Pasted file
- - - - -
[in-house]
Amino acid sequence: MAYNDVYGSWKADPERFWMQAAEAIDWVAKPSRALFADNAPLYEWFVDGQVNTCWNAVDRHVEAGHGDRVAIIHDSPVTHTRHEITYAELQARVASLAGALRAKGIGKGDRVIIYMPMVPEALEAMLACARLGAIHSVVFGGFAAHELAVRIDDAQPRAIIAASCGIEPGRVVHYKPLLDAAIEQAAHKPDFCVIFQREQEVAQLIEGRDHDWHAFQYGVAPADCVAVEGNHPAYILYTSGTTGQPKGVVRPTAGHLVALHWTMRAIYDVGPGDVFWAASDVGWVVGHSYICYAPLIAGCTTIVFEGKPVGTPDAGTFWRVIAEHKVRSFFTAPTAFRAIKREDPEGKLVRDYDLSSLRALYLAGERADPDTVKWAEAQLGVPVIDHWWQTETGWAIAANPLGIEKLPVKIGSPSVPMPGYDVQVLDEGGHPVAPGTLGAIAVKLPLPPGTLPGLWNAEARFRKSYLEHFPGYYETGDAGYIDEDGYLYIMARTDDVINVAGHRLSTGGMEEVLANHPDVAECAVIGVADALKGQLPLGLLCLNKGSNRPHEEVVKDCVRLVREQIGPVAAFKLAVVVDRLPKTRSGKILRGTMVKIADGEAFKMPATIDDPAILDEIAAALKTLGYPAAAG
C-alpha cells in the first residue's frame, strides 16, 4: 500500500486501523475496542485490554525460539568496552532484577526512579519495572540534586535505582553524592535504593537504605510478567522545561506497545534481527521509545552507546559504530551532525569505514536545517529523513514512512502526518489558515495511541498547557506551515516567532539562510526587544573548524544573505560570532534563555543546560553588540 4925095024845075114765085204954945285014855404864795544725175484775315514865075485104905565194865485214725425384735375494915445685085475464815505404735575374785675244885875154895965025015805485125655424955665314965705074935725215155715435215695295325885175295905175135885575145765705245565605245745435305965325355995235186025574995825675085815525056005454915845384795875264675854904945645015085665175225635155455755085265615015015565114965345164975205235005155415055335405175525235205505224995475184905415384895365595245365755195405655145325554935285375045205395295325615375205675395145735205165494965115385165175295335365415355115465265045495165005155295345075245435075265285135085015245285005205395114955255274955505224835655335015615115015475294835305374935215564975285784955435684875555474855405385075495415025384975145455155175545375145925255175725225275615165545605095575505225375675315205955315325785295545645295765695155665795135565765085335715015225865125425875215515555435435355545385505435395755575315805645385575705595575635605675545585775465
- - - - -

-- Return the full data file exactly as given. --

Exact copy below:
[in-house]
Amino acid sequence: MAYNDVYGSWKADPERFWMQAAEAIDWVAKPSRALFADNAPLYEWFVDGQVNTCWNAVDRHVEAGHGDRVAIIHDSPVTHTRHEITYAELQARVASLAGALRAKGIGKGDRVIIYMPMVPEALEAMLACARLGAIHSVVFGGFAAHELAVRIDDAQPRAIIAASCGIEPGRVVHYKPLLDAAIEQAAHKPDFCVIFQREQEVAQLIEGRDHDWHAFQYGVAPADCVAVEGNHPAYILYTSGTTGQPKGVVRPTAGHLVALHWTMRAIYDVGPGDVFWAASDVGWVVGHSYICYAPLIAGCTTIVFEGKPVGTPDAGTFWRVIAEHKVRSFFTAPTAFRAIKREDPEGKLVRDYDLSSLRALYLAGERADPDTVKWAEAQLGVPVIDHWWQTETGWAIAANPLGIEKLPVKIGSPSVPMPGYDVQVLDEGGHPVAPGTLGAIAVKLPLPPGTLPGLWNAEARFRKSYLEHFPGYYETGDAGYIDEDGYLYIMARTDDVINVAGHRLSTGGMEEVLANHPDVAECAVIGVADALKGQLPLGLLCLNKGSNRPHEEVVKDCVRLVREQIGPVAAFKLAVVVDRLPKTRSGKILRGTMVKIADGEAFKMPATIDDPAILDEIAAALKTLGYPAAAG
C-alpha cells in the first residue's frame, strides 16, 4: 500500500486501523475496542485490554525460539568496552532484577526512579519495572540534586535505582553524592535504593537504605510478567522545561506497545534481527521509545552507546559504530551532525569505514536545517529523513514512512502526518489558515495511541498547557506551515516567532539562510526587544573548524544573505560570532534563555543546560553588540 4925095024845075114765085204954945285014855404864795544725175484775315514865075485104905565194865485214725425384735375494915445685085475464815505404735575374785675244885875154895965025015805485125655424955665314965705074935725215155715435215695295325885175295905175135885575145765705245565605245745435305965325355995235186025574995825675085815525056005454915845384795875264675854904945645015085665175225635155455755085265615015015565114965345164975205235005155415055335405175525235205505224995475184905415384895365595245365755195405655145325554935285375045205395295325615375205675395145735205165494965115385165175295335365415355115465265045495165005155295345075245435075265285135085015245285005205395114955255274955505224835655335015615115015475294835305374935215564975285784955435684875555474855405385075495415025384975145455155175545375145925255175725225275615165545605095575505225375675315205955315325785295545645295765695155665795135565765085335715015225865125425875215515555435435355545385505435395755575315805645385575705595575635605675545585775465